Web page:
1. UPDATE: I still really like this keyboard, but I was starting to notice that I actually type really inaccurately on it – it does get annoying. I just make a lot of mistakes, and I’ve been typing for 40 years and normally type about 100wpm. I was trying to figure out why this is, and lately I’ve had my old IBM Model M in the room hooked up to another computer and have felt the obvious difference in accuracy. (The Model M is where the modern keyboard layout comes from.) I still just type much better on the Model M. So I directly compared the two keyboards to figure out what the difference is.Obviously the Model M is bigger overall, but my big realization is that the actual key layout on the Model M is slightly wider. It’s not just a difference in the “dead space” in between keyboard sections, either – there is actually slightly less space between each key on the Steelseries keyboard. I’ve compared all the keyboards I’ve owned against the Model M and while some have had minor layout variations and most these days have the function keys much closer to the main keys, this is the first time I’ve seen keys that were actually closer together. I’m sure it’s not the only keyboard like that, but it’s the only one I’ve owned that is and it explains my typing inaccuracy on it. I’ve taken a star off my original review for that reason. It is just not a full size keyboard, even though it looks like it is. It feels cramped, and I’ve never gotten fully adjusted to it.My original review is below:—————————————-For the price, it had better be good. And it is. My score is 5 stars but consider it more like 4 1/2 rounded up. A bit closer to 5 than 4; not perfect but nearly so. I’ll explain.I’m both a typist and a gamer, but these days probably more of the former than the latter. Still, I try to find keyboards good for both purposes, and many are – heck, the old IBM Model M is still a great gaming keyboard if you don’t need n-key rollover (and to be honest, most people really don’t). But my old Motospeed keyboard, which I loved for its feel and its small footprint (as small as it gets for a full size keyboard) seemed to just wear out – it started repeating keypresses constantly, so I decided I’d just go for something new rather than try to fix it. (But I probably will fix it at some point; it’s a great keyboard too.)This is the first linear keyboard I’ve owned in many years. I usually prefer clicky keyboards and have since the days of the original IBM PC and the Model F. But I just wanted something different after owning clicky keyboards for so long, and my Motospeed was *really* clicky to the point that it did become a little grating after a few years. I’d read about the wonders of the OmniPoint keyswitches in the Apex Pro and I watched the excellent Chyrosran22 review of it on YouTube (search for that; he knows keyboards and he loves this one). I did also manage to try one out for a brief few minutes, though not long enough to really form my own opinion. But in the absence of any more obvious choice, I took the plunge and bought one.Bottom line: It is a really well built keyboard (almost zero flex) that feels *almost* as good to type on as any linear keyboard I’ve ever used in about 40 years of computing. It has double-shot keycaps so the legends won’t wear out, it’s got a really useful volume roller, and it’s got a little screen that can be used for various things, most of which are kinda dumb but I do use it for displaying current system stats – there is an app to display CPU, GPU and RAM usage. Its backlighting is pretty bright, fully RGB and has some effects that are actually kinda useful – I’m not sure what the effect I use is called, but it just lights the key you press up in white for a half-second or so before smoothly fading it back to whatever color the rest of the keyboard is backlit in. It’s actually helpful to have a little split-second feedback showing which key you just typed, just in case you make a mistake.The OnmiPoint keyswitches do feel great – very smooth – and they’re user-adjustable in terms of the actuation point. This is unique to this type of keyswitch, which is an uncommon magnetic sensor type of mechanical switch. I will say that I *feel* more accurate on this keyboard than my old Motospeed – I think the design and spacing of the keycaps on this keyboard is maybe a little more standard.So, that’s that – now I’m going to tell you about the *little* things that keep it from being perfect. Keep in mind that absolutely none of these are dealbreakers, or things other people might even necessarily think of as drawbacks. But…The cord is non-detachable and it’s quite stiff. It’s also just rubber insulated, which is fine, but kinda ugly on such an expensive keyboard. The keyboard has two USB plugs, one for the USB port on the keyboard itself (it won’t act as a hub, just a pass-through), and that USB plug is on the left side of the keyboard. That means if you want the keyboard cable on the right, which the cable management on the back of the keyboard lets you do, your mouse cable will still be on the left. I feel like this is an odd design given that most people are right-handed. A choice would be best, but if you’re going to pick a place for one USB port, put it on the right.Only the “main” keys are OmniPoint – that’s everything in the little “typewriter” cluster, that main rectangle of letters and numbers that you type the most on. The others are either Cherry MX Red or some kind of copy of them. To be honest, I’m not sure which switch I prefer! I know which I’m “supposed” to prefer but the regular Reds on the rest of the keyboard seem to have a very slightly lighter weighting. Probably my only semi-serious complaint about the keyboard in general – and this is 100% subjective, so it’s not a top-line item for this review – is that the OmniPoint switches are just a *tiny* bit heavier than I like, and probably as a consequence of that feel very, very slightly “mushy” as you reach full travel. The switches on the rest of the board, while very slightly “grittier”, are also a tiny bit lighter and do not feel mushy. All that said, I will allow that someone else could feel entirely the opposite. This is personal preference, and anyway it’s not a big difference. But there *is* a difference in the switches on different parts of the board, and it does sometimes feel a little odd as a result.After only several *days* of use, the soft-touch finish is already wearing off several of the keys. Now, you can see by this review that I type a *lot*. So it may take longer for you, and anyway the legends themselves will never wear off since they’re doubleshot. But my space bar is already looking a little ugly with one part of it already noticeably shiny. I never understand this – my Model F and Model M that are 30+ years old still look brand new, while a keyboard that’s only days old (and cost a couple hundred bucks) already has a finish that’s wearing off.Overall, though, I think I’ll be happy with this keyboard until I get tired of linear keys and want to go back to clicky. But who knows when or if that’ll happen. At the moment, I’m pleased with my purchase, even for the money. This thing does feel like an expensive keyboard.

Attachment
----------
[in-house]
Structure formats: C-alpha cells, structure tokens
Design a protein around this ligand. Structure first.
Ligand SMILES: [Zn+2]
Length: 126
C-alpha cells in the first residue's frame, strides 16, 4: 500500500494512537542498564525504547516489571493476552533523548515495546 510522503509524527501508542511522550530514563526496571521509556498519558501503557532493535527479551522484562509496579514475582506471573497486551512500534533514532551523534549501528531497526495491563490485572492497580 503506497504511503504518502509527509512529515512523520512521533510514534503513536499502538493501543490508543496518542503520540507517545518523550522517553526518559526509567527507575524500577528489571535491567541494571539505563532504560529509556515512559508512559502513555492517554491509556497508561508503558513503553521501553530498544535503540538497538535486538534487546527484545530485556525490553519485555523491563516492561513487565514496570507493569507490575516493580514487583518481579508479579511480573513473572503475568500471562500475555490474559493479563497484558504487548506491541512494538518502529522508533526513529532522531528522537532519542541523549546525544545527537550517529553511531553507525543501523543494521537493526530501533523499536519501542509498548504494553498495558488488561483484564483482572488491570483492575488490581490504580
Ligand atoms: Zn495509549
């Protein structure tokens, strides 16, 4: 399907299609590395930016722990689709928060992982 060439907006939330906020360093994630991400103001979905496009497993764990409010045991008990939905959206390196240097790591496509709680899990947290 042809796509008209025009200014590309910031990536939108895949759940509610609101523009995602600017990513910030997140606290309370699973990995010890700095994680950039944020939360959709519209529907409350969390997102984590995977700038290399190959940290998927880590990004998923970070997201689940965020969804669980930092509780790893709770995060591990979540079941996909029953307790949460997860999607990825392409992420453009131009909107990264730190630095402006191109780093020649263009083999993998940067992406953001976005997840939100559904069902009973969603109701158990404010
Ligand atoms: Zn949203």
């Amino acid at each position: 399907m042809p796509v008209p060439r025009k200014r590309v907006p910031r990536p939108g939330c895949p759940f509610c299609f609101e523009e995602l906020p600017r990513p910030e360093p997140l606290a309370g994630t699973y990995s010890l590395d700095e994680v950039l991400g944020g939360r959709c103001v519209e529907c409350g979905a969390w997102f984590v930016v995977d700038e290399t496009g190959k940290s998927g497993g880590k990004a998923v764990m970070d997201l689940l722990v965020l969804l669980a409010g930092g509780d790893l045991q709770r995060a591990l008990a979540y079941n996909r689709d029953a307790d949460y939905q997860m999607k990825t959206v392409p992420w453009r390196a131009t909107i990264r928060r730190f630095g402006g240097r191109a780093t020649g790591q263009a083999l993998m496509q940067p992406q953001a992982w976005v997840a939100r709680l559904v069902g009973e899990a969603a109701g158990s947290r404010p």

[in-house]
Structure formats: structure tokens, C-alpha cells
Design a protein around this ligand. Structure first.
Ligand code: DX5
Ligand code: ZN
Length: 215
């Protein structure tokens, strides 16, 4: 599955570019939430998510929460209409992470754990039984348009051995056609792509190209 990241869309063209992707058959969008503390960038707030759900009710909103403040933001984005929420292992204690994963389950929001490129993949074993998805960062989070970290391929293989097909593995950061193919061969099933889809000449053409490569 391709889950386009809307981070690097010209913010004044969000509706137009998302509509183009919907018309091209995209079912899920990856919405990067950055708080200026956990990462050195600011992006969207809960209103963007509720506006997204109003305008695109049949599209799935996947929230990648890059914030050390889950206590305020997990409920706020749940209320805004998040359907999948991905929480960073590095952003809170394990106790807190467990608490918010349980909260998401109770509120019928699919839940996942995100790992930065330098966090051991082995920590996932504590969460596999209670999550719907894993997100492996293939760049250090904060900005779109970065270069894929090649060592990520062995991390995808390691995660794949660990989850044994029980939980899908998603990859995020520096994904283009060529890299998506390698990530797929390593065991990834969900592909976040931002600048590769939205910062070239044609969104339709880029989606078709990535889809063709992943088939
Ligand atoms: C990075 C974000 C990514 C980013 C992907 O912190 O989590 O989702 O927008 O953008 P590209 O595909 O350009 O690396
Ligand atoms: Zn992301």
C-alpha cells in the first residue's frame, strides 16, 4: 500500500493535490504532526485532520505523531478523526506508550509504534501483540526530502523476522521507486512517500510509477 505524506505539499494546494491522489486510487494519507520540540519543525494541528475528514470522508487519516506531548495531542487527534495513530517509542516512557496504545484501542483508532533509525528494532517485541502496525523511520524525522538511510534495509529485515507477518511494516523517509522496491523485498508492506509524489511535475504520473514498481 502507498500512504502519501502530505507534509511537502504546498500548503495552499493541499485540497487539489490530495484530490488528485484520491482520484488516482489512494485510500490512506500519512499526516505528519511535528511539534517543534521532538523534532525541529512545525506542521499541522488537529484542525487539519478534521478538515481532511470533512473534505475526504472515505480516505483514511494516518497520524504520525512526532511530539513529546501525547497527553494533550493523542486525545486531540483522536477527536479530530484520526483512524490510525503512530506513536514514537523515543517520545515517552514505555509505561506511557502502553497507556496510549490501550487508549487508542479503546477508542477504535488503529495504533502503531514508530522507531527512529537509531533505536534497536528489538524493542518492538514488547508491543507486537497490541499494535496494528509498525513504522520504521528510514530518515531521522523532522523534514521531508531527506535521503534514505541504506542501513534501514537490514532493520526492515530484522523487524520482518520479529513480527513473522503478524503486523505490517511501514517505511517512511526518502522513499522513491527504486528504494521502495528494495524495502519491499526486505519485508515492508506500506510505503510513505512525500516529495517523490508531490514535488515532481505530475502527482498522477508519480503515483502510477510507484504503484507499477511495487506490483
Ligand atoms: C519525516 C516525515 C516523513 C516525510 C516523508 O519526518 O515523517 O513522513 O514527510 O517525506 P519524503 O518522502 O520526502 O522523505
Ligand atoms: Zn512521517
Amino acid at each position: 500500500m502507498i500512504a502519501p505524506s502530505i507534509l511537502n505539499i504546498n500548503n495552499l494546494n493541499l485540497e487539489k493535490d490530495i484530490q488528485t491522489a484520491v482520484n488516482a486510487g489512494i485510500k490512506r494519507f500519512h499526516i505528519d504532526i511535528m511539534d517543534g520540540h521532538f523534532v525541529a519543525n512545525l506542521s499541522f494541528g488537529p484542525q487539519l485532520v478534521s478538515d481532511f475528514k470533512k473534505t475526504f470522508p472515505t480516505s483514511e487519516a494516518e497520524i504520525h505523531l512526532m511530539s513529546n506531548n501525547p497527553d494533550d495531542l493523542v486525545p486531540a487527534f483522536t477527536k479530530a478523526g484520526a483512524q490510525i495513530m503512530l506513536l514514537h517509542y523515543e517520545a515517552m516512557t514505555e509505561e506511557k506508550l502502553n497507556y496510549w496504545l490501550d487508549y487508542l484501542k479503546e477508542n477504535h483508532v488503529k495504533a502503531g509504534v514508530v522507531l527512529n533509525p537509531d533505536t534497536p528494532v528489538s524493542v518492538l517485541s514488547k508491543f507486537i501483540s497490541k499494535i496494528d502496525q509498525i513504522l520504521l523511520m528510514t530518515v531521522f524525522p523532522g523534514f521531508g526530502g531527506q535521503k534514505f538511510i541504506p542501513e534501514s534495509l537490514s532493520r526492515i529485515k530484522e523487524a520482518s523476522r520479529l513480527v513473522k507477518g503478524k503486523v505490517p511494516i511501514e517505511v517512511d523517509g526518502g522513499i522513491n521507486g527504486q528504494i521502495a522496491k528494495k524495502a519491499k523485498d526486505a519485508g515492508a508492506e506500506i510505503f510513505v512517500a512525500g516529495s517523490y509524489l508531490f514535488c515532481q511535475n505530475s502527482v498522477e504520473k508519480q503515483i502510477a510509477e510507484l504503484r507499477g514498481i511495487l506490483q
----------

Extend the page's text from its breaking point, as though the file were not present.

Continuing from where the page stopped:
2. One online review I read called the Corsair K95 RGB Platinum keyboard the “Rolls Royce of gaming keyboards.” As an all-around keyboard, however, it’s not only a Rolls Royce but also a Ferrari, Aston Martin, Maserati, Bently…well, you get the picture. The K95 XT also falls under this description. One of the first things you’ll notice about either K95, are their heft and stiffness. This thing weighs a ton (for a keyboard). Both of the K95s owe their heft and rigidity to their inspired aircraft-grade anodized brushed aluminum frame, which screams: QUALITY! As a result, the K95 doesn’t flex even under the most relentless pounding as most plastic keyboards would. The next thing that pops out at you is this keyboard’s beauty. Corsair has long been known for its quality keyboards and the K95 XT doesn’t disappoint in the least. Compared to all other keyboards (regardless of price), both K95s are works of art you’ll continue to appreciate long after you’ve purchased one.I purchased a K95 in 2019 and a K95 XT in 2020. These two keyboards are nearly identical, so one may ask, “Why would you buy two nearly identical and VERY expensive keyboards?” Of course, I could answer, “Because I can,” but the very subtle improvements of the K95 XT simply won me over. Little things bothered me. I ordered my K95 with Brown switches because that was the closest choice to my preferred keyswitch, the Blues, which were unavailable on the original K95. Corsair, in my opinion, made a huge mistake not offering Blue and Green keyswitches with the original K95. They could have sold many more K95s had they done so. I ordered my K95 XT with Blue switches. In addition, I hated the cheap, hard plastic wrist rest that came with the original K95. The K95 XT’s pillow-like plush leatherette wrist rest is a HUGE improvement and brings its flagship keyboard up to the standard long ago adopted by many of the best keyboard manufacturers, all Corsair competitors.There are, of course, other subtleties that won me over to the K95 XT, but the elephant in the room was the real reason for my purchase of an XT—my K95 had a glaring malfunction: the USB disconnected continually, rendering the keyboard useless. Corsair gladly suggested I return the keyboard in exchange for a new one. I never did return the K95 because I was convinced the problem was with the iCUE software, not the keyboard. I decided to wait until Corsair fixed the software problem. I was wrong, it WAS a hardware problem. Now it’s too late to return the keyboard. My new K95 XT, thankfully, is free of this hardware problem (experienced by MANY K95 purchasers), and works flawlessly. I regret not sending my original K95 back to Corsair in exchange for a new one. It does, however, serve as a very excellent paperweight.My purchase of an XT and not another high-end keyboard like Corsair’s new K100, reveals my fondness for the original K95 design: solid, beautiful, classic, refined, stylish, but not flashy. It is still a work of art, professional and preferable to DIY mechanical keyboards. Many “in-the-know” folks say that an owner of the original K95 should stay the course rather than “upgrade” to the XT and, in large part, I agree. Unless, of course, you’re like me and can use and appreciate the subtle improvements of the XT and can afford the expense.Mechanical KeyswitchesAs a flagship keyboard, the K95 XT is, of course, a mechanical keyboard, which refers to its mechanical keyswitches. The keyswitch choice for the K95 is, unfortunately, very limited to two types: Cherry MX Speed and Cherry MX Brown. The K95 XT adds Cherry MX Blue and Cherry MX Speed Silvers. Of course, the Speeds are preferable for gaming while the Browns are meant to be a compromise between gaming and typing. The Blues are clickier versions of the Browns, a very popular keyswitch and my personal favorite, although I fell in love with the Browns. While I infrequently play video games and most of my work involves writing and general typing, the Speeds were out of the question for me. I can’t get enough (obviously) of the loud click and tactile bump the Blues and Greens provide. Many would agree with me, but just as many find the Blues and Greens to be intolerable (as do other members of the household and fellow office workers often do). The Browns are really a “silent” version of the Blues and don’t provide much of a tactile bump. Still, the Browns manage to deliver a VERY satisfying typing experience. They are crisp, precise and not all that silent.By-the-way, when referencing a Cherry MX Blue keyswitch, know that Cherry is the name of the manufacturer, a German company. MX stands for “mechanical” and Blue describes this keyswitch’s “clickyness” and tactile bump.Macro Keys and RemappingPerhaps the most useful feature of the K95s are the six macro keys running down the left side of the keyboard. Along with the iCUE software that is downloadable from the Corsair website, you can program these macro keys to use keyboard events, mouse movements, mouse clicks and the mouse wheel to issue complex commands, select menu items or type long strings of characters. Macros in each profile can be activated by a specific program associated with them, or you can manually switch between each profile with a simple key press. Although there are only six macro keys, up to three onboard profiles (five with the XT) allow you to program and use up to eighteen macros (thirty with the XT). Unfortunately, many find programming macros and profiles in iCUE to be quite difficult. The iCUE software does not present an intuitive interface and commands. For instance, there’s no way to “save” a macro or profile. Unintuitively, iCUE saves the macro or profile you create automatically, without need to issue a “save” command. Many find this “feature” disconcerting (was the macro saved or not?). The complexity and confusion of the iCUE software is due to its ability to use keyboard events, mouse movements, mouse clicks and the mouse wheel to issue complex commands and select menu items, not just keyboard events. Learning to create profiles, for some, has a long learning curve and viewing YouTube videos to learn how to create profiles is essential. The tutorial videos on the Corsair website are often narrated by speed-talkers who fly through explanations so fast, you find yourself rewinding sections and reviewing them over and over. I must say, however, that once you “get the hang of it,” iCUE is a joy to use.Some people find the location of the macro keys problematic. Some mistake the G1 key with the “ESC” key, while others mistake the G6 key with the “CTRL” key. Fortunately, I have no such problem since the macro keys are textured and color-coded. What if eighteen macro keys aren’t enough for you? The iCUE software enables you to “remap” any key to do anything you want it to do, including making keys other than the six G keys behave like macro keys. This allows you to use those otherwise almost useless “F” keys at the top of the keyboard to finally start pulling their own weight as additional macro keys. Also, often unused keys (like the Pause / Break key, the Insert key, the Scroll Lock key, etc.) can be remapped to become macro keys. This remapping capability is a delight, an efficiency booster and time saver.RGB BacklightingThe keys on the K95s are individually lit (also called, “per-key backlighting”), unlike some RGB keyboards which often use zone lighting. In zone lighting, one cannot assign a color to just one key…it has to be to a third of the keys on the keyboard or a fourth. In fact, most “RGB” keyboards utilize zone lighting, not per-key lighting, which is a premium feature. The keycap characters on both K95s are big, bold and allow plenty of backlight to shine through them, making typing in low light or no light situations a breeze. The XT has double-shot PBT keycaps which is somewhat of an improvement over the K95. Many backlit keyboards use small, skinny keycap characters and/or dim backlighting, negating the whole point of backlit keys. Such keyboards make typing in the dark a difficult proposition. The K95s have a button with a sun symbol on it which adjusts backlight brightness: Off, Dim, Medium and Bright.The K95s use true RGB L.E.D. lighting. Many keyboards tout RGB backlighting as a feature. In their case, it’s true that Red+Blue=Purple and that other combinations of Red, Green and Blue (RGB) can create other colors. Such keyboards, in reality, have only eight or ten colors available to them. However, the K95s use the entire RGB spectrum, which contains approximately 16.8 million colors. The K95s utilize “brightness” to expand the RGB spectrum. This allows the K95 to display truly amazing lighting effects such as the “Spiral Rainbow” and other effects which you can either create yourself or import into iCUE from the internet or obtain from a friend.You can also customize the keyboard with functional backlighting. For instance, I made all the alphabetic character keys shine with a white light, while the number pad keys illuminate in cyan; the ESC, Delete, Enter, Backspace, Del, keypad Num, Enter and Decimal point keys all shine in red; the Tab, Caps Lock and both Shift and Alt keys shine in blue, the G keys shine in pink, the F keys shine in cyan, etc. The F key shines in yellow (YouTube enlarge, minimize window), while the J key shines in cyan (YouTube rewind 10 seconds), the K key shines in magenta (YouTube Stop) and the L key shines in green (YouTube advance 10 seconds). This makes each grouping of keys distinct and quickly identifiable, making typing in a darkened environment much easier. My computer desk happens to be located in a dimly-lit corner and I prefer working in a darkened environment anyway, but with the K95’s bold key characters and brilliant backlighting, typing is a cinch—especially at night, when that corner gets even darker.Whether you purchase the K95 (approximately $176) or the K95 XT (approximately $230), you’ll have a premium keyboard that’s a joy to use and a great addition to your art collection. K95 users need not upgrade to the K95 XT unless they need and appreciate the K95 XT’s subtle improvements and can afford the expense. Both provide a keyboard’s basic functions and much more. Except for some subtle differences, both K95s are basically indistinguishable from each other.